The first comprehensive history of the upright body at rest and in movement, Stand Up Straight! stretches from Neanderthals to modern humans to show how we have used our understanding of posture to define who we are—and who we are not. Gilman traverses theology and anthropology, medicine and politics, discarded ideas of race and the most modern ideas of disability, theories of dance and concepts of national identity in his quest to set straight the meaning of bearing. Fully illustrated with an array of striking images from medical, historical, and cultural sources, Stand Up Straight! interweaves our developing knowledge of anatomy and a cultural history of posture to provide a highly original account of our changing attitudes toward stiff spines, square shoulders, and flat tummies through time.
CHAPLIN Harvard University Press, 2001 Library of Congress E46.C48 2001 | Dewey Decimal 973.17
With this sweeping reinterpretation of early cultural encounters between the English and American natives, Joyce E. Chaplin thoroughly alters our historical view of the origins of English presumptions of racial superiority, and of the role science and technology played in shaping these notions. By placing the history of science and medicine at the very center of the story of early English colonization, Chaplin shows how contemporary European theories of nature and science dramatically influenced relations between the English and Indians within the formation of the British Empire.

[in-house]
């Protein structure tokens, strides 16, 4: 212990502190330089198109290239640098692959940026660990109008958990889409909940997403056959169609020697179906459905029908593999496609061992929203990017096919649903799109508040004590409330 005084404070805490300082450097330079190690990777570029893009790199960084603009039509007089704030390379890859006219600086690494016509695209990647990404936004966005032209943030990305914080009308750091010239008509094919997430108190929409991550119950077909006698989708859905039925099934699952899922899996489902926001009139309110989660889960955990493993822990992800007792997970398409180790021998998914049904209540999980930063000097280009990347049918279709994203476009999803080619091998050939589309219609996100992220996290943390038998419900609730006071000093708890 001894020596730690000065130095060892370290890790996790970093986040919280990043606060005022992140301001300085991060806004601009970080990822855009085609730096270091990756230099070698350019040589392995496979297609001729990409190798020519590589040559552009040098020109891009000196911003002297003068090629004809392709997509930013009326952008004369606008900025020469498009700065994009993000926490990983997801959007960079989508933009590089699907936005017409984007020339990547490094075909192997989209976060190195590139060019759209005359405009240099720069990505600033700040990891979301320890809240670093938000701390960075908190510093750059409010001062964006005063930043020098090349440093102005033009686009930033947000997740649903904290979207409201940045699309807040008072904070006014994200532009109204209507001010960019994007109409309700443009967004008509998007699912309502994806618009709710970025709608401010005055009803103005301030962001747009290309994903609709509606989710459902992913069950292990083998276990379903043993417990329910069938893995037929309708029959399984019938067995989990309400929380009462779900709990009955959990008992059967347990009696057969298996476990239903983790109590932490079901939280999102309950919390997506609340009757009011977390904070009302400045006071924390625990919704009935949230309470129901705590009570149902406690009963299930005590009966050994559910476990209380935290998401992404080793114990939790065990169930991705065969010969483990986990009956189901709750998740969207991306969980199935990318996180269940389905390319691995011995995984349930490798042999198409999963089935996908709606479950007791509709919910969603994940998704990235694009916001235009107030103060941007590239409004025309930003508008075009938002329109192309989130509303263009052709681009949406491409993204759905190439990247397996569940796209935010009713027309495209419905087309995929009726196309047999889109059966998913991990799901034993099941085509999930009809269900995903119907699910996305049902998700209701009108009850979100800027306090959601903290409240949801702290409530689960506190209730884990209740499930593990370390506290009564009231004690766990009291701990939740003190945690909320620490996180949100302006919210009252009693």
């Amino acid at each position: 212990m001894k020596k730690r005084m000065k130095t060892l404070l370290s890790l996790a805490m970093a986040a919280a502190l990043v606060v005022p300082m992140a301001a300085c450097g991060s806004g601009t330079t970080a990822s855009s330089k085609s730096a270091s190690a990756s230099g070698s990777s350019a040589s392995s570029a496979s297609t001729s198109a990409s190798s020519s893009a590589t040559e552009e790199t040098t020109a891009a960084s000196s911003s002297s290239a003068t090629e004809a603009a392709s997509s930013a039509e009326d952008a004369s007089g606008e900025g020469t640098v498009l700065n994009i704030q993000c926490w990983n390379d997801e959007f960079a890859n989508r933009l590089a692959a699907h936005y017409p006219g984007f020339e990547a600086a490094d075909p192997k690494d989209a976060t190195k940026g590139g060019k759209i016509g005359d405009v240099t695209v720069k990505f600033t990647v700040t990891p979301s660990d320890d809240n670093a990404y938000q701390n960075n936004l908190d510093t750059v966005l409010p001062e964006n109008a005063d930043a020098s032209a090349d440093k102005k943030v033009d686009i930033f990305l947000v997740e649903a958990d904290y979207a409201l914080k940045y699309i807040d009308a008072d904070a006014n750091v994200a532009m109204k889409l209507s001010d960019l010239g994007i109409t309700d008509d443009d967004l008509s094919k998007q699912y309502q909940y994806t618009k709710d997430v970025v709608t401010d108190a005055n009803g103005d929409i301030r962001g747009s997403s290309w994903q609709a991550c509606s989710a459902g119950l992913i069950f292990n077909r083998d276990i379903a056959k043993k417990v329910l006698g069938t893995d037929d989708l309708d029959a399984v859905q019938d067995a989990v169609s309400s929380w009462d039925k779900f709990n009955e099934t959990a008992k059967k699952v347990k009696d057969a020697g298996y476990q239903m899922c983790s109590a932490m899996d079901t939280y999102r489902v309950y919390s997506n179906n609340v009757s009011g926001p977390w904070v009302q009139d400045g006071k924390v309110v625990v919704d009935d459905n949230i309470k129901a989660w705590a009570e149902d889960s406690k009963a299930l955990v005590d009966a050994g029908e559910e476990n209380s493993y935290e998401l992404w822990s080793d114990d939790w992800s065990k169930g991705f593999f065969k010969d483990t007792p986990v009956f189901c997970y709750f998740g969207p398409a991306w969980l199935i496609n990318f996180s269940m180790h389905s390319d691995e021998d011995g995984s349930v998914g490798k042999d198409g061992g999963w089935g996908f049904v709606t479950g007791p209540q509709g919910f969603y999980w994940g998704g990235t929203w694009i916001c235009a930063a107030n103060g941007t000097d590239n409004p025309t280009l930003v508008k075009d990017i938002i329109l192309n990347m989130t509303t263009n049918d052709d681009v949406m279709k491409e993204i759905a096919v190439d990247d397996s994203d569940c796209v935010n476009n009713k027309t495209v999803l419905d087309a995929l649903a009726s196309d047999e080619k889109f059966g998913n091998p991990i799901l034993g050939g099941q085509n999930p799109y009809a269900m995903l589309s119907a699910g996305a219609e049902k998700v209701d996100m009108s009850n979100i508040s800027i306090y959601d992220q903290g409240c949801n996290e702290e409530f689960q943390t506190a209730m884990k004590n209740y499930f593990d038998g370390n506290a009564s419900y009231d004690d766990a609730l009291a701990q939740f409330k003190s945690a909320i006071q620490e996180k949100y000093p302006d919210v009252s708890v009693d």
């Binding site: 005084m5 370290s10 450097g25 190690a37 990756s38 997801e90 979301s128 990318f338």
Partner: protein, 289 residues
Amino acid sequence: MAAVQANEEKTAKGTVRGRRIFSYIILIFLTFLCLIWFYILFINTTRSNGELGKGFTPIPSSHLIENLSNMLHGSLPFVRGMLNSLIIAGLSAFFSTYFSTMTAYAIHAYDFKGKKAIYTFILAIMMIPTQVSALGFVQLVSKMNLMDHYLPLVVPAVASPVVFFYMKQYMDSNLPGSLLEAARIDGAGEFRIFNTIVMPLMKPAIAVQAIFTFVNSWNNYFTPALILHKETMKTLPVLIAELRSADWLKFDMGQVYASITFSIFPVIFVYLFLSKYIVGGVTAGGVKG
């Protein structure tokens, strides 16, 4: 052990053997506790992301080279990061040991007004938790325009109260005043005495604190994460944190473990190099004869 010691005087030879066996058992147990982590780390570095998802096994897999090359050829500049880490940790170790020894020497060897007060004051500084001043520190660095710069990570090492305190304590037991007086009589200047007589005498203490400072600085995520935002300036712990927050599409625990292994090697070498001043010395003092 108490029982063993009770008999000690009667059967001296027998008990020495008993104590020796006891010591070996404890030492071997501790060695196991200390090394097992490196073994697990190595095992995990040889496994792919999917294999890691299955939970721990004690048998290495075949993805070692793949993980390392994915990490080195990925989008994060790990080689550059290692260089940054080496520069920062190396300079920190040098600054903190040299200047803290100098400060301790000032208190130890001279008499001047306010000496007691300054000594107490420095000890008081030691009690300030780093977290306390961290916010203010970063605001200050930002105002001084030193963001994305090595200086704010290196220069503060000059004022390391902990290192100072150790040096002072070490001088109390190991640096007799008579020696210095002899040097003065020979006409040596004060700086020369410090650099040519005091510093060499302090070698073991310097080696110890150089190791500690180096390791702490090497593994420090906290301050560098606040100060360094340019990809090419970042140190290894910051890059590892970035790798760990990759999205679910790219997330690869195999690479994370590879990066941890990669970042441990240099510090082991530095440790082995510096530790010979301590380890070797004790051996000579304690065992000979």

In Chaplin's account of the earliest contacts, we find the English--impressed by the Indians' way with food, tools, and iron--inclined to consider Indians as partners in the conquest and control of nature. Only when it came to the Indians' bodies, so susceptible to disease, were the English confident in their superiority. Chaplin traces the way in which this tentative notion of racial inferiority hardened and expanded to include the Indians' once admirable mental and technical capacities. Here we see how the English, beginning from a sense of bodily superiority, moved little by little toward the idea of their mastery over nature, America, and the Indians--and how this progression is inextricably linked to the impetus and rationale for empire.
Taking Care of Time
Cortney Davis Michigan State University Press, 2018 Library of Congress PS3554.A93342A6 2018 | Dewey Decimal 811.54